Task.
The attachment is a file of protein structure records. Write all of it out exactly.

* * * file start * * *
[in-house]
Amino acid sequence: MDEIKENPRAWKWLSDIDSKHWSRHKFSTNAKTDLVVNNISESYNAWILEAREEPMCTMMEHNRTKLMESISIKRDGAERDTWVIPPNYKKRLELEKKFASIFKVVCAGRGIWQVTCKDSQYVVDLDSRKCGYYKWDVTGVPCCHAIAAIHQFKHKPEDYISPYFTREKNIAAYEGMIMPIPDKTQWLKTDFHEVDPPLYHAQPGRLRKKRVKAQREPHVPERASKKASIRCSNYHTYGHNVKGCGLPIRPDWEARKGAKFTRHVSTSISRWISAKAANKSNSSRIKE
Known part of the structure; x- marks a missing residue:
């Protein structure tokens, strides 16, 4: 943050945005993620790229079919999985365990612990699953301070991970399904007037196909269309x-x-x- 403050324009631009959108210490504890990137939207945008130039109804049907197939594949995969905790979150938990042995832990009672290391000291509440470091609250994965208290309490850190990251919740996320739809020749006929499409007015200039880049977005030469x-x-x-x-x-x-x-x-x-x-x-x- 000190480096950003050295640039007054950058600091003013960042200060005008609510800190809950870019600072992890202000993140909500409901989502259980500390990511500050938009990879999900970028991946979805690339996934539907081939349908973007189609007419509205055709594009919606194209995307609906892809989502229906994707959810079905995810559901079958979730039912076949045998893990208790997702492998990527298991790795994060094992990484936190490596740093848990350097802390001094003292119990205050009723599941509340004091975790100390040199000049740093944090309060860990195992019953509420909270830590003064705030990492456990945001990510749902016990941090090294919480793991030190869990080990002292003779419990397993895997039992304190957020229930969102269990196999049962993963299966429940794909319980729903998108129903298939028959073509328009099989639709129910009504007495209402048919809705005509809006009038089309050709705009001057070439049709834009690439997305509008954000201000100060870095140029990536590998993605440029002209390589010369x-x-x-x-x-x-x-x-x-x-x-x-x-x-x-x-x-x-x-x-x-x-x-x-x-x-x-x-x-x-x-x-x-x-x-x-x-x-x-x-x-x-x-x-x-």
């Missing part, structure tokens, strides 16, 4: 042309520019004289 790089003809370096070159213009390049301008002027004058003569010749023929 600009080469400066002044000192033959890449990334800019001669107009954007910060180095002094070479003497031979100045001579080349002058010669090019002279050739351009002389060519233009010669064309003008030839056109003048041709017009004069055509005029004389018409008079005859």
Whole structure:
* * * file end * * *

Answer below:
[in-house]
Amino acid sequence: MDEIKENPRAWKWLSDIDSKHWSRHKFSTNAKTDLVVNNISESYNAWILEAREEPMCTMMEHNRTKLMESISIKRDGAERDTWVIPPNYKKRLELEKKFASIFKVVCAGRGIWQVTCKDSQYVVDLDSRKCGYYKWDVTGVPCCHAIAAIHQFKHKPEDYISPYFTREKNIAAYEGMIMPIPDKTQWLKTDFHEVDPPLYHAQPGRLRKKRVKAQREPHVPERASKKASIRCSNYHTYGHNVKGCGLPIRPDWEARKGAKFTRHVSTSISRWISAKAANKSNSSRIKE
Known part of the structure; x- marks a missing residue:
């Protein structure tokens, strides 16, 4: 943050945005993620790229079919999985365990612990699953301070991970399904007037196909269309x-x-x- 403050324009631009959108210490504890990137939207945008130039109804049907197939594949995969905790979150938990042995832990009672290391000291509440470091609250994965208290309490850190990251919740996320739809020749006929499409007015200039880049977005030469x-x-x-x-x-x-x-x-x-x-x-x- 000190480096950003050295640039007054950058600091003013960042200060005008609510800190809950870019600072992890202000993140909500409901989502259980500390990511500050938009990879999900970028991946979805690339996934539907081939349908973007189609007419509205055709594009919606194209995307609906892809989502229906994707959810079905995810559901079958979730039912076949045998893990208790997702492998990527298991790795994060094992990484936190490596740093848990350097802390001094003292119990205050009723599941509340004091975790100390040199000049740093944090309060860990195992019953509420909270830590003064705030990492456990945001990510749902016990941090090294919480793991030190869990080990002292003779419990397993895997039992304190957020229930969102269990196999049962993963299966429940794909319980729903998108129903298939028959073509328009099989639709129910009504007495209402048919809705005509809006009038089309050709705009001057070439049709834009690439997305509008954000201000100060870095140029990536590998993605440029002209390589010369x-x-x-x-x-x-x-x-x-x-x-x-x-x-x-x-x-x-x-x-x-x-x-x-x-x-x-x-x-x-x-x-x-x-x-x-x-x-x-x-x-x-x-x-x-």
């Missing part, structure tokens, strides 16, 4: 042309520019004289 790089003809370096070159213009390049301008002027004058003569010749023929 600009080469400066002044000192033959890449990334800019001669107009954007910060180095002094070479003497031979100045001579080349002058010669090019002279050739351009002389060519233009010669064309003008030839056109003048041709017009004069055509005029004389018409008079005859």
Whole structure: